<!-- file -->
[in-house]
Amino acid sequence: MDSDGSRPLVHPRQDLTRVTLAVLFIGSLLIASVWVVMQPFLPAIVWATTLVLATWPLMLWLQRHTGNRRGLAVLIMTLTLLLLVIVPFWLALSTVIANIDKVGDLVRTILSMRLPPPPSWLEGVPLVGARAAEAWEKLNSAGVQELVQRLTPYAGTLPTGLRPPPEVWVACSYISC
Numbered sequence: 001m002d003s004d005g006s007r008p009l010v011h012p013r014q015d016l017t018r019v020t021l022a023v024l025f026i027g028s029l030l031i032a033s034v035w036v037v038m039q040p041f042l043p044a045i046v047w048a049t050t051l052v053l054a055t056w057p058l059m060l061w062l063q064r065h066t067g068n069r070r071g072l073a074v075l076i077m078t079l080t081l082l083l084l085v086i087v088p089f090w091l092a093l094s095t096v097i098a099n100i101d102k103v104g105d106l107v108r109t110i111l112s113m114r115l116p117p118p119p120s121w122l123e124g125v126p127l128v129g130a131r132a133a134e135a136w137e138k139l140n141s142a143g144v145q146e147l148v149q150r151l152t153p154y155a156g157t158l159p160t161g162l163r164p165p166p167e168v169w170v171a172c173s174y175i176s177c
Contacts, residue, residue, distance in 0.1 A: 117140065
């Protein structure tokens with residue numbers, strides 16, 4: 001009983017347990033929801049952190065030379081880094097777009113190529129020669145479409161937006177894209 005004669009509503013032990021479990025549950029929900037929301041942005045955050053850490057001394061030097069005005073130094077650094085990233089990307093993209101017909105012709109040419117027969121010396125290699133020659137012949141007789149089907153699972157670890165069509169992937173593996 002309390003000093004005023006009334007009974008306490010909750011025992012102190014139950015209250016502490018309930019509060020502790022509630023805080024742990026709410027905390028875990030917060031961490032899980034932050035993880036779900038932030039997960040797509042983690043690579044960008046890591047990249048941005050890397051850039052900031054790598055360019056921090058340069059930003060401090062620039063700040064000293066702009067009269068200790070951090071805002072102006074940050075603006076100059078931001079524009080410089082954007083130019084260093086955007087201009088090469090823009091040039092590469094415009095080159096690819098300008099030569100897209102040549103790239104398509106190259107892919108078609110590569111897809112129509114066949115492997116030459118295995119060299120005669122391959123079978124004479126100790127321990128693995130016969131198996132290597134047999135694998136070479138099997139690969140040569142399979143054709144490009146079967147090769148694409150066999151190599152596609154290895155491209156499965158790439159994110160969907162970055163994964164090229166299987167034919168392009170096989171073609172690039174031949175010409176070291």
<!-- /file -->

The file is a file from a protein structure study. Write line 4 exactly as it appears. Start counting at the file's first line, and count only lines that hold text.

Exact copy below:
Contacts, residue, residue, distance in 0.1 A: 117140065